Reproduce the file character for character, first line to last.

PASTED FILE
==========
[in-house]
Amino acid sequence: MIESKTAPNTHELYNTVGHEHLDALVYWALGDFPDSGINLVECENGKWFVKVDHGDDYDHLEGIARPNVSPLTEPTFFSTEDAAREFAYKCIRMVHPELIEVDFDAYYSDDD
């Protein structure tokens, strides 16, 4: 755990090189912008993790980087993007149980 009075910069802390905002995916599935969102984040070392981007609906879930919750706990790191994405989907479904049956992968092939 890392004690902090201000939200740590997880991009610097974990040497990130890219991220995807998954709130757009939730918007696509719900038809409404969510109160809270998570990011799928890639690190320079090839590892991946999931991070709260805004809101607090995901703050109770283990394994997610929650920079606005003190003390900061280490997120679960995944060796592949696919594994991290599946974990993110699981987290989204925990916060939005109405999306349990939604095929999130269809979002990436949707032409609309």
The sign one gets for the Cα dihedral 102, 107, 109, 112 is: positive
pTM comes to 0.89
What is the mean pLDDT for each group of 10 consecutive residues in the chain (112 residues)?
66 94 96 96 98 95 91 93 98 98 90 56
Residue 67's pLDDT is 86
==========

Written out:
[in-house]
Amino acid sequence: MIESKTAPNTHELYNTVGHEHLDALVYWALGDFPDSGINLVECENGKWFVKVDHGDDYDHLEGIARPNVSPLTEPTFFSTEDAAREFAYKCIRMVHPELIEVDFDAYYSDDD
């Protein structure tokens, strides 16, 4: 755990090189912008993790980087993007149980 009075910069802390905002995916599935969102984040070392981007609906879930919750706990790191994405989907479904049956992968092939 890392004690902090201000939200740590997880991009610097974990040497990130890219991220995807998954709130757009939730918007696509719900038809409404969510109160809270998570990011799928890639690190320079090839590892991946999931991070709260805004809101607090995901703050109770283990394994997610929650920079606005003190003390900061280490997120679960995944060796592949696919594994991290599946974990993110699981987290989204925990916060939005109405999306349990939604095929999130269809979002990436949707032409609309």
The sign one gets for the Cα dihedral 102, 107, 109, 112 is: positive
pTM comes to 0.89
What is the mean pLDDT for each group of 10 consecutive residues in the chain (112 residues)?
66 94 96 96 98 95 91 93 98 98 90 56
Residue 67's pLDDT is 86